The first type of Treatment is called Cognitive behavioral therapy or CBT. Research says that this is the best type of treatment and counseling for anyone diagnosed with PTSD. Cognitive behavioral therapy is used to help the veteran think differently about their thoughts or feelings from the past. The main goal by the therapist is to help the veteran find out what past events or flashbacks correlate with the veteran’s thoughts that make the symptoms of PTSD occur. Many times, the veterans will blame themselves for a decision they made but the therapist will walk them through on how it was not their fault. Cognitive Behavioral therapy can last for three to six months. Although to some people it may seem that CBT might be the best type of treatment, it does not always work. One reason why it might not work is because the therapist may like the experience and education. The therapist may be qualified but sometimes, the therapist may fail at connecting with patient. The connection that is missed by some therapists and patients can simply occur by the therapist not having all the knowledge about all the situations soldiers face when they go to war. Soldiers struggle with their therapy if they feel that the therapist who is helping them does not have the knowledge about the battlefield or the difficulties of war itself. The relationship of the therapist and veteran can also play a major role on the effectiveness of the therapy. Some soldiers may struggle with feeling comfortable with their therapist because they are sensitive and emotional. Sometimes veterans struggle with this therapy if they cannot develop a relationship with their therapist. Another factor that can affect the effectiveness of CBT is the timing. Sometimes three to six months is not enough to show long term effectiveness of the therapy. Another treatment option is exposure therapy.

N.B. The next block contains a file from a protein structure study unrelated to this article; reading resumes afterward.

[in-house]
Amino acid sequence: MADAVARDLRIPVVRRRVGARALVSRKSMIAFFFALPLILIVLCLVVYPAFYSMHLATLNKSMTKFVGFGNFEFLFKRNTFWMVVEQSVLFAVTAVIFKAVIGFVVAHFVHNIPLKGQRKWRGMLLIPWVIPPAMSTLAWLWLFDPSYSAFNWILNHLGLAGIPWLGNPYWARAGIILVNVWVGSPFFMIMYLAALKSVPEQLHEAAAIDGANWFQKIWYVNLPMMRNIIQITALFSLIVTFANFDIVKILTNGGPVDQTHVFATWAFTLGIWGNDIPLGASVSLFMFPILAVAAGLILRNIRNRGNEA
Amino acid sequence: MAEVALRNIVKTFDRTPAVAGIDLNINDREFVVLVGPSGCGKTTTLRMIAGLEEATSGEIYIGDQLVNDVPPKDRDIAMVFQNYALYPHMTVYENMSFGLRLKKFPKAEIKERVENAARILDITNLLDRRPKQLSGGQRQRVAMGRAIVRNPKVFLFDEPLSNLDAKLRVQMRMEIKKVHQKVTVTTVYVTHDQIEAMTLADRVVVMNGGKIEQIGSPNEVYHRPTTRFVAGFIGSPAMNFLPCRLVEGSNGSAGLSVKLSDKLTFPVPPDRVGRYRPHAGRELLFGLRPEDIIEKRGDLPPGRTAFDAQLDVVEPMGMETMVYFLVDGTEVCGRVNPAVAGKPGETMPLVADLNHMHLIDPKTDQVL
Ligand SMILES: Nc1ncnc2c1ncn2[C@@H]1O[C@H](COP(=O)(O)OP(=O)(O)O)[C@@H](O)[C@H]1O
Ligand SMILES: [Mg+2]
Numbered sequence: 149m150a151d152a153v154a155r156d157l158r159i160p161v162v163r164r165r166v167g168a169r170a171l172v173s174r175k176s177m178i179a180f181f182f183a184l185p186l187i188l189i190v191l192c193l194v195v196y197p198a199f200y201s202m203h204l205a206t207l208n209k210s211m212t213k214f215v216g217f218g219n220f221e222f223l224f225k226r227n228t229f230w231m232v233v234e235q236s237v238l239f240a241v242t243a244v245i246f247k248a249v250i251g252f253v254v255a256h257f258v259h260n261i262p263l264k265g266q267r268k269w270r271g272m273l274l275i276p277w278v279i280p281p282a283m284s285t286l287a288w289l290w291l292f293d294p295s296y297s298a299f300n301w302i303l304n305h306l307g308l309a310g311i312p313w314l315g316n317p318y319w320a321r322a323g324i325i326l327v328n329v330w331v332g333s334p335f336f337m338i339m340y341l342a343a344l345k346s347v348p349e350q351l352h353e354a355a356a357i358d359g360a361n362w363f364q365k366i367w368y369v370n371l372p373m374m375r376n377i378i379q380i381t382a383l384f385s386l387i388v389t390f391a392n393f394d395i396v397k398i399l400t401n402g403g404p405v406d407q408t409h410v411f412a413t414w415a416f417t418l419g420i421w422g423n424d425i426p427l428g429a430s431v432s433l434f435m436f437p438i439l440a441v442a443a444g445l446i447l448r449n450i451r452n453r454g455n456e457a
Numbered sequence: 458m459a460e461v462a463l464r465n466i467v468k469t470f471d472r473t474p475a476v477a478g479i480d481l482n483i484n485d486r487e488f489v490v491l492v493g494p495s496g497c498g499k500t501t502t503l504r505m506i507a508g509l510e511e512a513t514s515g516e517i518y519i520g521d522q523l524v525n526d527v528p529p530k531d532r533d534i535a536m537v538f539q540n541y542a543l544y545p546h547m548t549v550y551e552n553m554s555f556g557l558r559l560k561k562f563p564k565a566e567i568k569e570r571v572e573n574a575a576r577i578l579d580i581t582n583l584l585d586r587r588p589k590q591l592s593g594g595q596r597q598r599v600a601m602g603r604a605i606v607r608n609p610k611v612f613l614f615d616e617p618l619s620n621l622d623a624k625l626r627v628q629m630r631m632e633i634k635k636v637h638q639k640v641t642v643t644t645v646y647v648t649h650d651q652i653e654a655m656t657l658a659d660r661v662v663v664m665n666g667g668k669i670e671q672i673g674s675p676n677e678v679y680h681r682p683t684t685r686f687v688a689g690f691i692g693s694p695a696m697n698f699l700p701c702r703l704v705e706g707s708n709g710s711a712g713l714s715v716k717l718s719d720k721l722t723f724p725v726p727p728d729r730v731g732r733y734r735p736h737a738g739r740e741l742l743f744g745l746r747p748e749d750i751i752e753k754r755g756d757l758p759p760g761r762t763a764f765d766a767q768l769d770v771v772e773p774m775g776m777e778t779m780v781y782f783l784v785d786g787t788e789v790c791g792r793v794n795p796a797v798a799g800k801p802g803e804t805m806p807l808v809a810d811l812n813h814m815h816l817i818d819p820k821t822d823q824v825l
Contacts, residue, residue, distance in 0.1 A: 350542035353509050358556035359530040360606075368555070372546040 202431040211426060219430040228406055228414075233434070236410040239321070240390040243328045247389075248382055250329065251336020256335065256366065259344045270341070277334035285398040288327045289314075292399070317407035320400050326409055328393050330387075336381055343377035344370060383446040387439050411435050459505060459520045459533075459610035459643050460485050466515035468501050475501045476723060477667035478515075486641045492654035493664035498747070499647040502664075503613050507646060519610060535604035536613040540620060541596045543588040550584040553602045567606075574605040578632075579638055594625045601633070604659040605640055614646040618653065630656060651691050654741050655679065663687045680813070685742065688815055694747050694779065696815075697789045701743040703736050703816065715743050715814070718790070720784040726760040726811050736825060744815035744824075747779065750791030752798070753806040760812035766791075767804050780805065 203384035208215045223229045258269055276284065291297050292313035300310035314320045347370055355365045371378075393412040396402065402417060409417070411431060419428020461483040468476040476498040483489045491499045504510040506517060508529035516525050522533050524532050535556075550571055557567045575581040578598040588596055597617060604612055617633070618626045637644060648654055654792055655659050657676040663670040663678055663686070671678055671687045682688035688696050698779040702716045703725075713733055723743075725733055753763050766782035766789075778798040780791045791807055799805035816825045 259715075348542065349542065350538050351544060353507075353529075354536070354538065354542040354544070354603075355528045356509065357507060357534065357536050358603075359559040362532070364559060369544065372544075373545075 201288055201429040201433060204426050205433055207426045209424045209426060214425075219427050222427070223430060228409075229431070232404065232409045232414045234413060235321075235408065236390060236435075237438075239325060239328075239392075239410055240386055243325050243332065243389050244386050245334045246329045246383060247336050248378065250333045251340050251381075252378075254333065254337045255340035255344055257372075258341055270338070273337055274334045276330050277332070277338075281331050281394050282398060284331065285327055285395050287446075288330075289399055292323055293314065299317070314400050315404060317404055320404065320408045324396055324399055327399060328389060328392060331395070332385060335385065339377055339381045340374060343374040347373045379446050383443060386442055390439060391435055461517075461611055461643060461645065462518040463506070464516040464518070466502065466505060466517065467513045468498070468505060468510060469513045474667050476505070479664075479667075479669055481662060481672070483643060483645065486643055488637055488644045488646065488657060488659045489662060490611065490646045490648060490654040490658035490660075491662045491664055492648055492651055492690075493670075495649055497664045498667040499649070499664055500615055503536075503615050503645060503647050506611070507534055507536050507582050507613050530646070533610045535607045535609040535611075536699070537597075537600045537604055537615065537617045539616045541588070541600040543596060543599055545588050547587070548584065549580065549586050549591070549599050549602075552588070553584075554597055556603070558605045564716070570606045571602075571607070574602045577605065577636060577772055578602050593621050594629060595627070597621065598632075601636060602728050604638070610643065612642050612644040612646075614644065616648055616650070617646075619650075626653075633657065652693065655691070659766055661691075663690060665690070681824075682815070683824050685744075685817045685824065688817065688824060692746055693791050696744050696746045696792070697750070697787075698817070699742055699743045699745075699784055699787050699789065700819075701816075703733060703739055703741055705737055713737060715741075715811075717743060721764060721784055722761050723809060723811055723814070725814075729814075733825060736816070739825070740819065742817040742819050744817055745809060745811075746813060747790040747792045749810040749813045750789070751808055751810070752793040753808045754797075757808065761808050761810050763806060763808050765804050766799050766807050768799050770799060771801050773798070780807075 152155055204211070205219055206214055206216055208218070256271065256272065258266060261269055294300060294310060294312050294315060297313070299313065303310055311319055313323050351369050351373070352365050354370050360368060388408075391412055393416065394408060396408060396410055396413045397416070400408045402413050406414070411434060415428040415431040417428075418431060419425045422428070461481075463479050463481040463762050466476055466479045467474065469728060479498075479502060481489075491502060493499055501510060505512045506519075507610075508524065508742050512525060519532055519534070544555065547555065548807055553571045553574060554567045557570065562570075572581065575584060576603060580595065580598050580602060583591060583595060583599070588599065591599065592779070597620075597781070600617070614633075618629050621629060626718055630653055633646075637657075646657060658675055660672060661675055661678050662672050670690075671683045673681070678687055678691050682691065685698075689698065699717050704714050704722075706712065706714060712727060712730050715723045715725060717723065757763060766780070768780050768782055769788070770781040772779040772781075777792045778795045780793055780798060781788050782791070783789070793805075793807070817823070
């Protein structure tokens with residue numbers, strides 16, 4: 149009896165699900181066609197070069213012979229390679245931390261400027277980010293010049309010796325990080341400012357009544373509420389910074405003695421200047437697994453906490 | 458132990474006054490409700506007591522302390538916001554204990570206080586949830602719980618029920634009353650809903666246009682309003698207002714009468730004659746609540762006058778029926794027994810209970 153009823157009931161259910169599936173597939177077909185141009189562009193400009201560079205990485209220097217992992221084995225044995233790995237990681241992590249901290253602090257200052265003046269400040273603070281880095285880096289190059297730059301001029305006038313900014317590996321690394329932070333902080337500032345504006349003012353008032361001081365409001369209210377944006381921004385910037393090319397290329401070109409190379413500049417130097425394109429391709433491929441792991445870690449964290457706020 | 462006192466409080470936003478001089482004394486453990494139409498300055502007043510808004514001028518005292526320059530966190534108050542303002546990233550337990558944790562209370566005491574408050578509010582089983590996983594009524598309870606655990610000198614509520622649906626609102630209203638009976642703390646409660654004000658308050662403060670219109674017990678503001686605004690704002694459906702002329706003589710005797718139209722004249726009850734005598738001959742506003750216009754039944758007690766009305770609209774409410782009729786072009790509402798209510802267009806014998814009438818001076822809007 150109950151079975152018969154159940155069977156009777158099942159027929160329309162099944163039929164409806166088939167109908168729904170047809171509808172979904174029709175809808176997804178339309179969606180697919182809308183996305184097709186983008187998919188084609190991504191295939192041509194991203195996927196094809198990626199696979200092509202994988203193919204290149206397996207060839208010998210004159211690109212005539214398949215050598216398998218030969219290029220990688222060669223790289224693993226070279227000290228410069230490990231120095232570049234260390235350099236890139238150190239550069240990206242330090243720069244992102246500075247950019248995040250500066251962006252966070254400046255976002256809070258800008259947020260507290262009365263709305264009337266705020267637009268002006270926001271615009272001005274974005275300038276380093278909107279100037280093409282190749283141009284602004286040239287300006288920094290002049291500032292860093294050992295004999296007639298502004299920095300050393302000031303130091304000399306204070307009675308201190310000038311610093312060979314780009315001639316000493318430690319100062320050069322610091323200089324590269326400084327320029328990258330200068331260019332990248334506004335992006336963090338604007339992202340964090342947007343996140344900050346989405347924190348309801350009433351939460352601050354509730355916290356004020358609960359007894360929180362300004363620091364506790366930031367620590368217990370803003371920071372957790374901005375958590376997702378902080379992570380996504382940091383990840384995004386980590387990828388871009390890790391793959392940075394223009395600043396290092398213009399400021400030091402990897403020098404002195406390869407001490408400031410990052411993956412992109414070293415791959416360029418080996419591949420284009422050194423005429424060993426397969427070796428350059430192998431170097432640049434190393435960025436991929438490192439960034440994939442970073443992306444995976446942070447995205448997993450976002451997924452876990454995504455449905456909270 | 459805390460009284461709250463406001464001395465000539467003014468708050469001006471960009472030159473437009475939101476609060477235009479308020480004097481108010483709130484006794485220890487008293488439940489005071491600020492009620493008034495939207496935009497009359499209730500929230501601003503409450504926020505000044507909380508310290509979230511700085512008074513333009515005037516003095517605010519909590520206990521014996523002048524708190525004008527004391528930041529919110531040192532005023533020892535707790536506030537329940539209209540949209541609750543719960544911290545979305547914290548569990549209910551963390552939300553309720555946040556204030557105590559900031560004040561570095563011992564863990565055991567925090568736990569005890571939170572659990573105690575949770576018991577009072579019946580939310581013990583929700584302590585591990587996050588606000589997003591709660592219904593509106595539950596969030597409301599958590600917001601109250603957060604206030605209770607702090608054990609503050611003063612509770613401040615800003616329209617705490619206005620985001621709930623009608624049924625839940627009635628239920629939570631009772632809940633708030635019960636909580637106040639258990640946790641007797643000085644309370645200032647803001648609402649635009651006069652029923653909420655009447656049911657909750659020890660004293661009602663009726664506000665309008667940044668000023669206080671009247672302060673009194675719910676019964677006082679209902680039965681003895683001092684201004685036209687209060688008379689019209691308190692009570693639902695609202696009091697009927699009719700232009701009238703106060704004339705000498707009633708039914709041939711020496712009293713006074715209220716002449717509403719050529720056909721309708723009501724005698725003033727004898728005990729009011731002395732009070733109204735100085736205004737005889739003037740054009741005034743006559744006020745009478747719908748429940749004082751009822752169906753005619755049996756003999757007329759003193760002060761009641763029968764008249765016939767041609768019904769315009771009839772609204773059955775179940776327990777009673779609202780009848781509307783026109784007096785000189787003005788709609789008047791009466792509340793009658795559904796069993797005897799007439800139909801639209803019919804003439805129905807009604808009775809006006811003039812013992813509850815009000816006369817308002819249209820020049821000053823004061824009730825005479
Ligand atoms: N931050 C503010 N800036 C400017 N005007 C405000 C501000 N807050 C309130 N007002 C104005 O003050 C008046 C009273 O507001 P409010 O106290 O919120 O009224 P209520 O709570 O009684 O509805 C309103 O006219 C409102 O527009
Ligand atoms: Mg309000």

Two selective serotonin reuptake inhibitors (SSRIs), paroxetine and sertraline, have been approved by the FDA for the treatment of PTSD. However, the results of the effectiveness of pharmacology in double-blind, placebo controlled studies were not greater than PE and CPT or they were insignificant (Peterson et al., 2011).
I will be collaborating with The National Institute of Mental Health for the funding of the research project. The research will attempt to identify what factors determine whether someone with PTSD will respond well to Cognitive Behavioral Therapy (CBT) intervention, aiming to develop more personalized, effective and efficient treatments. The mission of this project is to transform the understanding and treatment of mental illnesses through basic and clinical research, paving the way for prevention, recovery, and cure (National Institutes of Health, 2013).
The patients generally come to the clinical settings when secondary stage psychological problems surface. Therefore, early detection of symptoms and impactful intervention is the key to effective management of PTSD .